Space News
space history and artifacts articles

space history discussion forums

worldwide astronaut appearances

selected space history documents

related space history websites

  collectSPACE: Messages
  Satellites - Robotic Probes
  Bulls-eye! Deep Impact hits comet Tempel 1

Post New Topic  Post A Reply
profile | register | preferences | faq | search

next newest topic | next oldest topic
Author Topic:   Bulls-eye! Deep Impact hits comet Tempel 1
Robert Pearlman

Posts: 27328
From: Houston, TX
Registered: Nov 1999

posted 07-04-2005 02:02 AM     Click Here to See the Profile for Robert Pearlman   Click Here to Email Robert Pearlman     Edit/Delete Message   Reply w/Quote
NASA release
Deep Impact Kicks Off Fourth of July With Deep Space Fireworks

After 172 days and 268 million miles of deep space stalking, Deep Impact successfully reached out and touched comet Tempel 1. The collision between the coffee table-sized impactor and city-sized comet occurred at 1:52 am EDT.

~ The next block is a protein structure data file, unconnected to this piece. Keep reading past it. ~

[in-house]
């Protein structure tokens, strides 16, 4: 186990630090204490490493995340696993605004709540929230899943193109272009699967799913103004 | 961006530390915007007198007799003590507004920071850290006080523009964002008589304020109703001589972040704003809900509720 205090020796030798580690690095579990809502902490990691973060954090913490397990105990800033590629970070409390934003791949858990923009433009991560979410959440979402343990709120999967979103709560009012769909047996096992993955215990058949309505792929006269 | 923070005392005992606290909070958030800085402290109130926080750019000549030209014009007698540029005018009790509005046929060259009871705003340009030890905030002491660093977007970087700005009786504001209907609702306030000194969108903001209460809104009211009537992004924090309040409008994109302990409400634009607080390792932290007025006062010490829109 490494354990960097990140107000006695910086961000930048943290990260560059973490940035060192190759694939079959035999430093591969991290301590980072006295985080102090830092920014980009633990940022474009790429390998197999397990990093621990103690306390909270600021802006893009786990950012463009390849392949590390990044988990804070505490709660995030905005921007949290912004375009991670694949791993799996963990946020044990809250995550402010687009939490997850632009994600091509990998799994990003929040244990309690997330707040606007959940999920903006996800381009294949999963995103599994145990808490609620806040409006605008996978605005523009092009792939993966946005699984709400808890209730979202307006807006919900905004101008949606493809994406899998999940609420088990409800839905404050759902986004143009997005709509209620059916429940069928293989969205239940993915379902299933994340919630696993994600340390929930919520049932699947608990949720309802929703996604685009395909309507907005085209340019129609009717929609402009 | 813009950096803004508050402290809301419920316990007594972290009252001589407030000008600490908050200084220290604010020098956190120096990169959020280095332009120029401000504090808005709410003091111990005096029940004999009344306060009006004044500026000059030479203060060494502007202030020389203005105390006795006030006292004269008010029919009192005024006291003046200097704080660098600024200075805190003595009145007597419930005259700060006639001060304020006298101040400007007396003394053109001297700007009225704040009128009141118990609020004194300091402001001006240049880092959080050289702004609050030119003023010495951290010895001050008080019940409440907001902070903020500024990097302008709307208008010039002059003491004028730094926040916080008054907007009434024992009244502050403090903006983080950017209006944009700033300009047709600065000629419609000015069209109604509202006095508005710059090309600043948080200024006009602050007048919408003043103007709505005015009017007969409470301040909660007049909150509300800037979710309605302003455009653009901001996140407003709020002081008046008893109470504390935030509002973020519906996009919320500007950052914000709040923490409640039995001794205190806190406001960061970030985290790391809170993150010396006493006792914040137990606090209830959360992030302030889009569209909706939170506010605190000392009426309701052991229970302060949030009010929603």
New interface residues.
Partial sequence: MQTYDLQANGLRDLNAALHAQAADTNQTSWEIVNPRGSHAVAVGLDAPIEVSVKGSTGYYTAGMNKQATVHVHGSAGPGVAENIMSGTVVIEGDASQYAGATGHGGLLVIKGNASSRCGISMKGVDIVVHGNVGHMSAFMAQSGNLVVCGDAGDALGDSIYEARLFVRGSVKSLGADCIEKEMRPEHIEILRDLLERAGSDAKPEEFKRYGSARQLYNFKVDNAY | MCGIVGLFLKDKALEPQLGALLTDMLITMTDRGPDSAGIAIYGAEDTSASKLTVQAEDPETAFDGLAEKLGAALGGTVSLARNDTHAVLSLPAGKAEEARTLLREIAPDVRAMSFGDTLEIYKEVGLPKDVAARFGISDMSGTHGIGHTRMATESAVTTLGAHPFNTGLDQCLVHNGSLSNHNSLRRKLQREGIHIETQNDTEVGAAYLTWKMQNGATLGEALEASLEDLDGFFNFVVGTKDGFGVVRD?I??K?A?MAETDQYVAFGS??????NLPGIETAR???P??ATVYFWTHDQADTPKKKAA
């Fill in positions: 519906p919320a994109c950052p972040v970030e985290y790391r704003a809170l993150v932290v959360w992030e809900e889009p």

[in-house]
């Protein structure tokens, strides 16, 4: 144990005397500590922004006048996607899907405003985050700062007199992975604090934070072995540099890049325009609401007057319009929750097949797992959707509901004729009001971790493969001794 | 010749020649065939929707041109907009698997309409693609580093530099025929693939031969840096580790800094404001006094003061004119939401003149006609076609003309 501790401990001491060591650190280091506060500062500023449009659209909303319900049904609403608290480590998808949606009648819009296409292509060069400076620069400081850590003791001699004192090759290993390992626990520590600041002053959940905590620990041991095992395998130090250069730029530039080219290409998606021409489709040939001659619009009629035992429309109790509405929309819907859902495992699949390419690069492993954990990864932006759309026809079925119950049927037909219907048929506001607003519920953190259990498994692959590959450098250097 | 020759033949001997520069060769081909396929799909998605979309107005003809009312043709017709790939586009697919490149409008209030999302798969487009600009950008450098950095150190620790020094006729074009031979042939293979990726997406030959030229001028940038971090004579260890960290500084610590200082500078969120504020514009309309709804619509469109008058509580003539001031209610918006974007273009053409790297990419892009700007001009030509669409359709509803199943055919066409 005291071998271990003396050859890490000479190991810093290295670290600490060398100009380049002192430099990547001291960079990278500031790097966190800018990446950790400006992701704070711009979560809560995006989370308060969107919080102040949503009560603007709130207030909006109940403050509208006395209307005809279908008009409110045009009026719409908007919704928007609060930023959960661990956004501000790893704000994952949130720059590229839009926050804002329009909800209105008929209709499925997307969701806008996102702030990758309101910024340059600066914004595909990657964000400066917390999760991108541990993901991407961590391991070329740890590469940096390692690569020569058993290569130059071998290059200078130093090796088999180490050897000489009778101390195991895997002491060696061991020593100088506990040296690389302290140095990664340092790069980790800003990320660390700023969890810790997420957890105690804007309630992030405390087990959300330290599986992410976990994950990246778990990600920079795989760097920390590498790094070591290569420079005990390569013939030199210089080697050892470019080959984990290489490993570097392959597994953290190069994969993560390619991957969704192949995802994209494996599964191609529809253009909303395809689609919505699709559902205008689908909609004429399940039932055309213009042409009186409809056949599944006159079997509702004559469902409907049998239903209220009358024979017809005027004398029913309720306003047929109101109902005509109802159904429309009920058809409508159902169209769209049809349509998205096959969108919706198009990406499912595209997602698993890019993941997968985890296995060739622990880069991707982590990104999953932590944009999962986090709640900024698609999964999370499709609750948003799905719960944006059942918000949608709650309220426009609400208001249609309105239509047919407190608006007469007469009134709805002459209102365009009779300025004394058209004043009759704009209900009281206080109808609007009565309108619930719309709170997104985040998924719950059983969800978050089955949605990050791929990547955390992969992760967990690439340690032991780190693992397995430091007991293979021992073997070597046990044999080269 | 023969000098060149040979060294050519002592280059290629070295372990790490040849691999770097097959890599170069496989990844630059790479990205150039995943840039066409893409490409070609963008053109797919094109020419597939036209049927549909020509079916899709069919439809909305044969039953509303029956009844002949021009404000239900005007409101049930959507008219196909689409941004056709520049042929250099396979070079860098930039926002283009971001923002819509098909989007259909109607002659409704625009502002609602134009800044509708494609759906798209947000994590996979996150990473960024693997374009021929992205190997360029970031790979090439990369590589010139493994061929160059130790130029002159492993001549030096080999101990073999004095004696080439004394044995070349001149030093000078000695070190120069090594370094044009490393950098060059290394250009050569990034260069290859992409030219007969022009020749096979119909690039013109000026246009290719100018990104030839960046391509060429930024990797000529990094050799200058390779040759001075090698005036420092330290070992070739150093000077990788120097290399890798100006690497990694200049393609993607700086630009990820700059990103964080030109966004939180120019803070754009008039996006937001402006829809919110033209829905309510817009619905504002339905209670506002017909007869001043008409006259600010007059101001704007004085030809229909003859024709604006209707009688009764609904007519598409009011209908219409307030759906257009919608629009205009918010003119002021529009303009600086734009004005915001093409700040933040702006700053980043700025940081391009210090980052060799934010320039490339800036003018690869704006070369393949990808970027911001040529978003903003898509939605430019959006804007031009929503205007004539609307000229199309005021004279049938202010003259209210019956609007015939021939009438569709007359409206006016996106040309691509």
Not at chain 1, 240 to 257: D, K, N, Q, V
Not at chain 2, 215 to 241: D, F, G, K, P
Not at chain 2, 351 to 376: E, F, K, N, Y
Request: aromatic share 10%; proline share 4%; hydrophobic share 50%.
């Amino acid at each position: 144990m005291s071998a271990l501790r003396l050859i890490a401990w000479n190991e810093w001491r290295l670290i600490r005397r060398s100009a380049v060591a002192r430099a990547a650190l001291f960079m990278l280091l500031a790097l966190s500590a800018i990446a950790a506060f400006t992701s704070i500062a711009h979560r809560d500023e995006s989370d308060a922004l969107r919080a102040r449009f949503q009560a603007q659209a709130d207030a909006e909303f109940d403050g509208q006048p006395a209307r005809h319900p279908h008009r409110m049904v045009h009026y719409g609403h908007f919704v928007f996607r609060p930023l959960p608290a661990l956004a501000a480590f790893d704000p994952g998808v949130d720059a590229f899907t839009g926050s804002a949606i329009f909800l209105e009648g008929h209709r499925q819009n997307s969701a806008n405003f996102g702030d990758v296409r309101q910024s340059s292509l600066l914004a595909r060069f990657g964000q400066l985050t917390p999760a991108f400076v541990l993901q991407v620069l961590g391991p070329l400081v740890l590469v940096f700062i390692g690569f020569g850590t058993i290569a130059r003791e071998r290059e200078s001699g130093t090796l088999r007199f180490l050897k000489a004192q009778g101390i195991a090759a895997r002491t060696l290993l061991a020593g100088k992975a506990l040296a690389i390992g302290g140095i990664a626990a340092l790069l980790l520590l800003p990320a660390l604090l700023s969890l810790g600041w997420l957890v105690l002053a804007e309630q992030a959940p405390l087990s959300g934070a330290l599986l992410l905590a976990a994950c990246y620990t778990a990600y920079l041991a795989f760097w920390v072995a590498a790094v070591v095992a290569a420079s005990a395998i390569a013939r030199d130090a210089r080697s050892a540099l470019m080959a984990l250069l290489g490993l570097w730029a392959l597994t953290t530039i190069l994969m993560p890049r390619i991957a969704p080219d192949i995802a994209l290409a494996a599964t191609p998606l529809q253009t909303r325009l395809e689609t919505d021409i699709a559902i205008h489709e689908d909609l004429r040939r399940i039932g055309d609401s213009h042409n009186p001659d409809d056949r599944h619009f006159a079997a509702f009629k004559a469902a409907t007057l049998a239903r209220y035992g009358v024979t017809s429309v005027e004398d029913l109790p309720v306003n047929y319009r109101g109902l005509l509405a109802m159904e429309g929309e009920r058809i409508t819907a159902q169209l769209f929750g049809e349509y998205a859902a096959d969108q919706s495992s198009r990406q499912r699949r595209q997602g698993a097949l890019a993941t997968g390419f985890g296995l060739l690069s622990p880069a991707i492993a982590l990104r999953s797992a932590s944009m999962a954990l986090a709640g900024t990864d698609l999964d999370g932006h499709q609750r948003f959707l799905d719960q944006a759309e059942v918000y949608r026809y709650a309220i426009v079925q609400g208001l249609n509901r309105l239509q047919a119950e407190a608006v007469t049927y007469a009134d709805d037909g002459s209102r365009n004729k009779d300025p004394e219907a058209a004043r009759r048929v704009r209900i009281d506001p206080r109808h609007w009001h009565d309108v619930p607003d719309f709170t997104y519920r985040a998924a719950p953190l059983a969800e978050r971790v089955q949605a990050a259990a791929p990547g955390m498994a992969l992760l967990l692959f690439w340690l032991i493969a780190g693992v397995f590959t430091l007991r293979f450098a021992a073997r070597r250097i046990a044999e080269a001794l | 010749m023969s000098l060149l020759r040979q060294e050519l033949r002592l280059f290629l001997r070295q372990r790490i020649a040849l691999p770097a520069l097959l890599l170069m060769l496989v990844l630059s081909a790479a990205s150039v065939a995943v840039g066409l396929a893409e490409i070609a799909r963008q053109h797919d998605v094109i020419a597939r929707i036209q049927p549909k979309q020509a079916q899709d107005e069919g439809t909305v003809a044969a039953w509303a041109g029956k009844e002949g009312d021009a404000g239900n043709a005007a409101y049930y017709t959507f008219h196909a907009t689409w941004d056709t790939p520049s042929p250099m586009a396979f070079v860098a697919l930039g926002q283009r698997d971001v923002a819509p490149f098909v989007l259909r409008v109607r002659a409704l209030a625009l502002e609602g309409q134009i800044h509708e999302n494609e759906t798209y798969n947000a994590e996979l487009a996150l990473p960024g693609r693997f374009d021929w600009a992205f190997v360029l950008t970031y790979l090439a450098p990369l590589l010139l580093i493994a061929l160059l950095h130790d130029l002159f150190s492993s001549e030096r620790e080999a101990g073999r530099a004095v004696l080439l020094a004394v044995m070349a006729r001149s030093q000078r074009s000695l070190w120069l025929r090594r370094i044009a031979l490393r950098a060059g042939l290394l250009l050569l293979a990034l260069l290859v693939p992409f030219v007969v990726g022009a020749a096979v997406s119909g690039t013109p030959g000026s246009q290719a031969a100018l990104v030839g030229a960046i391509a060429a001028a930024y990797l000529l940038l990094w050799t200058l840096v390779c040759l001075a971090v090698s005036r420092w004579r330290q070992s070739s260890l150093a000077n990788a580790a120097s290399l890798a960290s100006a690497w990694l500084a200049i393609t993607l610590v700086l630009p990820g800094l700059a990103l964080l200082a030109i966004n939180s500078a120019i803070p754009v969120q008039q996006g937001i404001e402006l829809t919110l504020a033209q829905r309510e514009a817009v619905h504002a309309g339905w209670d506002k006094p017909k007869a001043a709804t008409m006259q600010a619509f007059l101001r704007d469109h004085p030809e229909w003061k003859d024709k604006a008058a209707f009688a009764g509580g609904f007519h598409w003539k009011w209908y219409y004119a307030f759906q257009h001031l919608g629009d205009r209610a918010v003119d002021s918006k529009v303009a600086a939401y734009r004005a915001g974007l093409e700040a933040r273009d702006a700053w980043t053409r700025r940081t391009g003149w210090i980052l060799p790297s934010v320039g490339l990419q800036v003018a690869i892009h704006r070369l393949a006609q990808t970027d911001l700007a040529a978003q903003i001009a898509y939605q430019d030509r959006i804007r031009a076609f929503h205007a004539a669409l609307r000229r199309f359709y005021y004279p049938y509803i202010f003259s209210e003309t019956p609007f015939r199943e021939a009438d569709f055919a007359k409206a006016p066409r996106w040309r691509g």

"What a way to kick off America's Independence Day," said Deep Impact project manager Rick Grammier of NASA's Jet Propulsion Laboratory, Pasadena, Calif. "The challenges of this mission and teamwork that went into making it a success, should make all of us very proud."

"This mission is truly a smashing success," said Andy Dantzler, director of NASA's Solar System Division. "Tomorrow and in the days ahead we will know a lot more about the origins of our solar system."

Official word of the impact came 5 minutes after impact when, at 1:57 am EDT, an image from the spacecraft's medium resolution camera was downlinked to the computer screens of the mission's science team showed the tell-tale signs of a high-speed impact.

"The image clearly shows a spectacular impact," said Deep Impact principal investigator Dr. Michael A'Hearn of the University of Maryland, College Park. "With this much data we have a long night ahead of us, but that is what we were hoping for. There is so much here it is difficult to know where to begin."